Source: UN agency report, "Revised Syria Regional Response Plan"

Clashes among Sunnis and Shiites have been on the rise in Lebanon, with the risk of cascading violence turning into a Lebanese-on-Lebanese struggle by the knock-on effects of sectarian conflict. Often in Lebanon, communal belongings coincide with religious ones. When a Sunnni or a Shiite is killed or kidnapped, the whole community won’t rest until it takes revenge. Mutual retaliation between Lebanese Sunnis and Shiites could easily become a vicious and unending circle of violence.
Heightened insecurity is leading many armed groups to take matters into their own hands, with tit-for-tat kidnappings and killings, and with the erection of roadblocks that impede critical transportation routes.

Each Lebanon’s faction -- either Sunni or Shiite -- wagers on success by one Syrian side or the other, waiting to translate the ensuing regional balance of power into a domestic one.

The Shiite movement Hezbollah can not contemplate a future with a Sunni-dominated Syrian regime. The Assad regime constitutes Hezbollah’s immediate strategic depth as well as the bridge connecting it to Iran. The relationship between the two allies became organic and even personal, between Bashar Assad and Hassan Nasrallah.

After Syria’s 2005 military withdrawal from Lebanon, Hezbollah’s political independence rose. An asymmetrical relationship grew into a strategic partnership.
On a strategic level, Hezbollah has been engaged in a common struggle against the March 14 Alliance, Saudi Arabia, the U.S. and France – which they believe are intent on defeating the Assad regime and Iran.


The March 14 Alliance is a coalition whose elements are united by their anti-Assad-regime stance.

Hezbollah doubted that the Arab uprisings -- from Egypt to Barhain -- would spread in Syria because the Assad regime was considered to be in tune with Arab sentiment about the U.S., Israel and the Palestinians.

"I personally believe that Syrian President Assad believes and is serious and determined about reform…. I know that he is ready to undertake very serious reforms but calmly, with care and responsibility. This factor influences our stance …. In Bahrain the regime was closed. Mubarak was closed. Qadhafi was closed. Zein Al Abideen Bin Ali was closed. In Syria the regime is not closed. On the contrary, he is saying: I am ready and I believe in reforms and I am serious and I want to carry them out …. The fall of the regime is an Israeli-US interest, aiming at getting Syria to sign any peace deal with Israel. … As a resistance movement against Israel, we are required to adopt a responsible stance that is committed to the security and stability of Syria as a government and people."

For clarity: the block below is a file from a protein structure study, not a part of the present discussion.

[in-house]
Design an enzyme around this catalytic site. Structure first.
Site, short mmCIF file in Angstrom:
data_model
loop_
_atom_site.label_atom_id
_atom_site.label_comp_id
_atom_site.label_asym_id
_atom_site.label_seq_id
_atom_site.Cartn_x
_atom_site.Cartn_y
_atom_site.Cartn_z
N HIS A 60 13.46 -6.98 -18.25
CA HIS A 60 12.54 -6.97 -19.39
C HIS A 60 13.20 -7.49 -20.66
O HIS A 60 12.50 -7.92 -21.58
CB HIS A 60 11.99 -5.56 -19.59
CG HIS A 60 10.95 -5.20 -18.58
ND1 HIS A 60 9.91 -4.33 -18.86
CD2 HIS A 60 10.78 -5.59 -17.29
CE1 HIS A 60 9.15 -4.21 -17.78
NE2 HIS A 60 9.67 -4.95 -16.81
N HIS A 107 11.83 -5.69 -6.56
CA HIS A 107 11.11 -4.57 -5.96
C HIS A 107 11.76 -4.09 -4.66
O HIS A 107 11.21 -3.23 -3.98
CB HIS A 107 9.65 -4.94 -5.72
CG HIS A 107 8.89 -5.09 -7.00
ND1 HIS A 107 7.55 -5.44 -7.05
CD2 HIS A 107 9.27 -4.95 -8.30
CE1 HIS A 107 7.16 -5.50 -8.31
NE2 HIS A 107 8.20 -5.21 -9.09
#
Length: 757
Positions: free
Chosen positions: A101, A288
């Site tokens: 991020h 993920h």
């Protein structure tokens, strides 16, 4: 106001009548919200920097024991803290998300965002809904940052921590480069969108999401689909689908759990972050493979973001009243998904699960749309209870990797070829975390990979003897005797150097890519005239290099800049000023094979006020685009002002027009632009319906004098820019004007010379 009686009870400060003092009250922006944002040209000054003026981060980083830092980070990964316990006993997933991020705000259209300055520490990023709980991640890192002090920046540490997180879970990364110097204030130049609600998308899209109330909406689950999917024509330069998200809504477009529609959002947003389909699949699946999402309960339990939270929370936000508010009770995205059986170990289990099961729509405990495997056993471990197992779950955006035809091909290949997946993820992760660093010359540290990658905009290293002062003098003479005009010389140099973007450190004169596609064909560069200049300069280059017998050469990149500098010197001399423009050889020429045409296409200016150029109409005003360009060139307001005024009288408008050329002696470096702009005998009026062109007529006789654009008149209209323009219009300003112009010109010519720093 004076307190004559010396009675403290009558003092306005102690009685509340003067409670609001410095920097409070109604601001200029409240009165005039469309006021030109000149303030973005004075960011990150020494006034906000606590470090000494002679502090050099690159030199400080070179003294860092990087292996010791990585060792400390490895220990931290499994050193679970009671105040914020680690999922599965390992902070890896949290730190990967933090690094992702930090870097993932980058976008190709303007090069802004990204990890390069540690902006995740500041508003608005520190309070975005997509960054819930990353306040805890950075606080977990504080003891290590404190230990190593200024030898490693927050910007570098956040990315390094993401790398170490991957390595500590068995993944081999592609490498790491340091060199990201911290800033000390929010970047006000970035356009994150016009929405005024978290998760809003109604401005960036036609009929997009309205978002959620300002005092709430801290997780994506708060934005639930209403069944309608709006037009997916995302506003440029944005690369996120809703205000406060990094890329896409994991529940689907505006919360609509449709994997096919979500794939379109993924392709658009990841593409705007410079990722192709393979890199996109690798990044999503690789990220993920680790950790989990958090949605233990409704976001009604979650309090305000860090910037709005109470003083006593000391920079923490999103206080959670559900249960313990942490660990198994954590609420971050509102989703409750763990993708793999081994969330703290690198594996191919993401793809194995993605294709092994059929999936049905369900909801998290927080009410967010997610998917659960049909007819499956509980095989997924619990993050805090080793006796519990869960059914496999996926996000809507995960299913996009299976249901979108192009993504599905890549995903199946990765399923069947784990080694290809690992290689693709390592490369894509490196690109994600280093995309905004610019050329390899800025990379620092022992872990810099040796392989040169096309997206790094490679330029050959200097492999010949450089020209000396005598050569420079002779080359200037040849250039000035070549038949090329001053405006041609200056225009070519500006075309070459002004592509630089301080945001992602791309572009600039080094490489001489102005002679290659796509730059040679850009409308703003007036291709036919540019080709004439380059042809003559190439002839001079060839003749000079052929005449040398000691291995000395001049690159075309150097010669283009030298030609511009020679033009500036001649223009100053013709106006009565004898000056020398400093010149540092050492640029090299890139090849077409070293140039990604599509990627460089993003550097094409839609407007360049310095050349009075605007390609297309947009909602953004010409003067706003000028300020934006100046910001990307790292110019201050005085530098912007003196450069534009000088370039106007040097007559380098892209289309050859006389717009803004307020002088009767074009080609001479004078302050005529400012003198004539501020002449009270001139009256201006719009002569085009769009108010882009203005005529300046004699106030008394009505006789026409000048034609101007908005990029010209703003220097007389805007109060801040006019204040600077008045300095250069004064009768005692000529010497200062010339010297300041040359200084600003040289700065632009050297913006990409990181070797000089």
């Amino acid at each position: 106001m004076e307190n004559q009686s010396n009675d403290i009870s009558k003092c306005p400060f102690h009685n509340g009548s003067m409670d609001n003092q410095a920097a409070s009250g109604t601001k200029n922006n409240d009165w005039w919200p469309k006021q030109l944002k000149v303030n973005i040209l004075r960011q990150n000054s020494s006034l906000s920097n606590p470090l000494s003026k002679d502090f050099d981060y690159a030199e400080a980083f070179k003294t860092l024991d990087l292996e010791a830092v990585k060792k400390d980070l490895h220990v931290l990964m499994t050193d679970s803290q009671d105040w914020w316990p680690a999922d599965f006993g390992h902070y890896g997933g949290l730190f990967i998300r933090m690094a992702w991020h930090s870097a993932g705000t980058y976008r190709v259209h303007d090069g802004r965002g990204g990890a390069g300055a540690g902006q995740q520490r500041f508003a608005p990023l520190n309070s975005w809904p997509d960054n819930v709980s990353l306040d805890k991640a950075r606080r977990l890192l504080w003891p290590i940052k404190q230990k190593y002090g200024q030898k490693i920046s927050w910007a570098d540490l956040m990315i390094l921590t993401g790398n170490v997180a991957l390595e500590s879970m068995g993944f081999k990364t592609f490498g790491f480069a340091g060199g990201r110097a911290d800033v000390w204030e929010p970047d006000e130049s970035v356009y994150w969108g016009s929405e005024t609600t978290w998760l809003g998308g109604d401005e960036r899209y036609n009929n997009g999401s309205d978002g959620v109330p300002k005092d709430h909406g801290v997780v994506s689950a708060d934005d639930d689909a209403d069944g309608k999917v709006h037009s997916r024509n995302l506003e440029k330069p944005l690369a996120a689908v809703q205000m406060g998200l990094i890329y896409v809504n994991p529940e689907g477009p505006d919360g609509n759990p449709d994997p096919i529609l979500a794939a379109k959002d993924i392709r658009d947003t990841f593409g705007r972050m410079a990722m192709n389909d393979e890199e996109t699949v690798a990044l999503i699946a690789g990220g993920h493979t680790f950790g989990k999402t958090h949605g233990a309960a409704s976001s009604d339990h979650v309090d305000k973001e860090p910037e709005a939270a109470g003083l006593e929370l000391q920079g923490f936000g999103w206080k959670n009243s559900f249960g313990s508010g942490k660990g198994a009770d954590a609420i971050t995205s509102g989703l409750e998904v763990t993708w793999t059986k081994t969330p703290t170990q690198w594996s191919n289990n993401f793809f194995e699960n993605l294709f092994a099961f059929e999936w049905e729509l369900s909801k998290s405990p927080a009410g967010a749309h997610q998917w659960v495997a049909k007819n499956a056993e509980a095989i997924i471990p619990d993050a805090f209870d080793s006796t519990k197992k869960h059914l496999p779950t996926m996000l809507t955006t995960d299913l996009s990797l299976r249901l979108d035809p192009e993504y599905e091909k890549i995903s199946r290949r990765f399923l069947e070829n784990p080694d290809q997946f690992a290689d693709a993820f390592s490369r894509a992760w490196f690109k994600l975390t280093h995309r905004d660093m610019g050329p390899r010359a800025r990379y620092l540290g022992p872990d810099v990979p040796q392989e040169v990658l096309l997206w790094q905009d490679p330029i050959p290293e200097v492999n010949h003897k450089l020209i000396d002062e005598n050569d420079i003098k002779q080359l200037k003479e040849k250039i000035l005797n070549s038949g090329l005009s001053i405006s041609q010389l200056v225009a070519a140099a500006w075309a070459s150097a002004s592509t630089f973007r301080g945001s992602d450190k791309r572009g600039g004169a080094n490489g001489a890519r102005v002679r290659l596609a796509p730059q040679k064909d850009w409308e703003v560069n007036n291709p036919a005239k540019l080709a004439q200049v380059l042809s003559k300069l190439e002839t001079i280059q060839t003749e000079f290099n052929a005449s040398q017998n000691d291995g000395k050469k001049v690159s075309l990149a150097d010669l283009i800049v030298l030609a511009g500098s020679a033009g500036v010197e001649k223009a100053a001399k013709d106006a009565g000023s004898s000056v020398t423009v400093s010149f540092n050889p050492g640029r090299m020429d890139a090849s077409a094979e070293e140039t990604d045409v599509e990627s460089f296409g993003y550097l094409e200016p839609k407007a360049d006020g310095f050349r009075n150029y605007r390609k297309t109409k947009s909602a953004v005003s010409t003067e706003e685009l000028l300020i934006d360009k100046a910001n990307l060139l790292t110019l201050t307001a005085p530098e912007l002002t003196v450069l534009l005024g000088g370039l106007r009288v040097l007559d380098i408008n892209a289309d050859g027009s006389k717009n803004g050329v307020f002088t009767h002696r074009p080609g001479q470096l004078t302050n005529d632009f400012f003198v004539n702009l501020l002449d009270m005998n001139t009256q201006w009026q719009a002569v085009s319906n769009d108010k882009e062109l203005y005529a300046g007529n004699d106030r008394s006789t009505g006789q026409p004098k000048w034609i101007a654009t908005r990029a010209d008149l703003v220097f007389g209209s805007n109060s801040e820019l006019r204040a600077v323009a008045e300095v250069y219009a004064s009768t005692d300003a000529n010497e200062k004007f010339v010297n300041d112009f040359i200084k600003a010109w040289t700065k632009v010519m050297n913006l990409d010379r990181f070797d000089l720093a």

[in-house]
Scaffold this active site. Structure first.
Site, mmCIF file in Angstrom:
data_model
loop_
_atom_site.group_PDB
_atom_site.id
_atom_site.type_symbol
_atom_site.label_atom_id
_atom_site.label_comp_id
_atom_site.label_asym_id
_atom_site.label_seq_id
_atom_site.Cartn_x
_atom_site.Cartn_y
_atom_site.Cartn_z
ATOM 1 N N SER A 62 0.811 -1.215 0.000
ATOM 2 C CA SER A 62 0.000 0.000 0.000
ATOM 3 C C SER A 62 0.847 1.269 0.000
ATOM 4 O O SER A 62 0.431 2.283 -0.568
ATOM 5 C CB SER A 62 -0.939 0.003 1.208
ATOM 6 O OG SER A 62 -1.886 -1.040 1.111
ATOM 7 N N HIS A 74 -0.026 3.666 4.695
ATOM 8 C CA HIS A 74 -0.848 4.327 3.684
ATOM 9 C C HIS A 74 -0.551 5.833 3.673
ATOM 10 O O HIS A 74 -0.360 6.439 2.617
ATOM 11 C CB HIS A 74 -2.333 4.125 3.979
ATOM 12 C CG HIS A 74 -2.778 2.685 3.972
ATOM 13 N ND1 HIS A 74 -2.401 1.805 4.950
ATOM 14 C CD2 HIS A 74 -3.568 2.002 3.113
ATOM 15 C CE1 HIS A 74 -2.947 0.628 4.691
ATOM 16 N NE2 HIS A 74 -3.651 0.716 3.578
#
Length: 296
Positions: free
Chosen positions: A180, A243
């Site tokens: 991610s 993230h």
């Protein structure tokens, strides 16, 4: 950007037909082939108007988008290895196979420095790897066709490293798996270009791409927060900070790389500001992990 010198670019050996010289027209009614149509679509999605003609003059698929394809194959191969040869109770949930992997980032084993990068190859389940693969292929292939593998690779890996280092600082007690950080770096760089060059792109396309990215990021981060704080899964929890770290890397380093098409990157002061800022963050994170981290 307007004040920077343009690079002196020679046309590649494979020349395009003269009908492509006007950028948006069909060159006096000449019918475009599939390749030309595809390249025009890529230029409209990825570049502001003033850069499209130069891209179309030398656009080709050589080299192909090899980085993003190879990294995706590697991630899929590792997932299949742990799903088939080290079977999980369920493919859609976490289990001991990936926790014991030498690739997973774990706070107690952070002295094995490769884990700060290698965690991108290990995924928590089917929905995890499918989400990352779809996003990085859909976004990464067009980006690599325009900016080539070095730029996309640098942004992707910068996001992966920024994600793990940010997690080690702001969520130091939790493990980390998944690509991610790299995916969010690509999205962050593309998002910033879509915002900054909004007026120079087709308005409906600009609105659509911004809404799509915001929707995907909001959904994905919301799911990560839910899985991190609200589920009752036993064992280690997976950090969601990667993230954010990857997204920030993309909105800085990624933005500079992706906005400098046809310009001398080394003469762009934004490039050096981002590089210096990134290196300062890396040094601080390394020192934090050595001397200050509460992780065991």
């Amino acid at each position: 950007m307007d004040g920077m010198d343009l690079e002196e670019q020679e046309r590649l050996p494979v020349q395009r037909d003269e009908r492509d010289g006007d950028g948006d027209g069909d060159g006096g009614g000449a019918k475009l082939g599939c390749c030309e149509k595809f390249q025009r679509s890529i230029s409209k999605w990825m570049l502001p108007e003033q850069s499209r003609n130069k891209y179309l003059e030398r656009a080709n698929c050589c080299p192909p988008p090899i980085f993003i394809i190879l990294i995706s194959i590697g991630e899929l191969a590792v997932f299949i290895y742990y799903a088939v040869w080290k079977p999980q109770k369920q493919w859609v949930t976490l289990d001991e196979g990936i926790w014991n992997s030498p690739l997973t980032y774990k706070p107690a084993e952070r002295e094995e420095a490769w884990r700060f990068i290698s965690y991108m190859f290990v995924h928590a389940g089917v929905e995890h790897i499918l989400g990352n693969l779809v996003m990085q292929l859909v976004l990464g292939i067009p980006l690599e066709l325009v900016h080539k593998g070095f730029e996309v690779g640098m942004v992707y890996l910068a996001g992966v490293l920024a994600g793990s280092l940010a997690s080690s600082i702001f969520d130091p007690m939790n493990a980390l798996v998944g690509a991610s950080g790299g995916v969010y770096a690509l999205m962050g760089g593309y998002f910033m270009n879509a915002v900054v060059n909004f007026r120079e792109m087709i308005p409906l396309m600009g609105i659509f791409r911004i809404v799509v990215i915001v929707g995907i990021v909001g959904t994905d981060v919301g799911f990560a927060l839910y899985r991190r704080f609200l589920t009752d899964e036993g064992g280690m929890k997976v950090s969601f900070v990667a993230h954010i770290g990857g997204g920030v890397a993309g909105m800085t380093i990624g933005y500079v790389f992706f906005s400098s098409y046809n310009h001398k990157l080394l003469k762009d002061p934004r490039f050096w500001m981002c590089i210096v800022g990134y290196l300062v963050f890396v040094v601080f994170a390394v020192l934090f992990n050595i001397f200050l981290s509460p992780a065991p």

-- Sayyed Nasrallah, May 25th, 2011

Hezbollah also views any threat to the Assad regime as a threat directed at its principal ally, Iran. The Assad regime has been Iran’s closest strategic partner for the past three decades, its bridgehead to the Levant, and a country without which Tehran’s ability to supply Hezbollah would be severely diminished.


In June 2006, Iranian defence minister Najjar stated that Iran "considers Syria's security its own security, and we consider our defense capabilities to be those of Syria."

If Hezbollah has tied its fate to the Assad regime, it also has to safeguard its posture in Lebanon -- not only at present, but also in anticipation of a regime change in Damascus. That is why it has acquiesced in policies that went against the interests of the Assad regime, while providing that same regime with practical support on the ground, such as lending snipers to Assad forces and killing Syrian protesters. United-States officials assert that Damascus, Hezbollah and Iran are in close military cooperation, even forming an elite militia.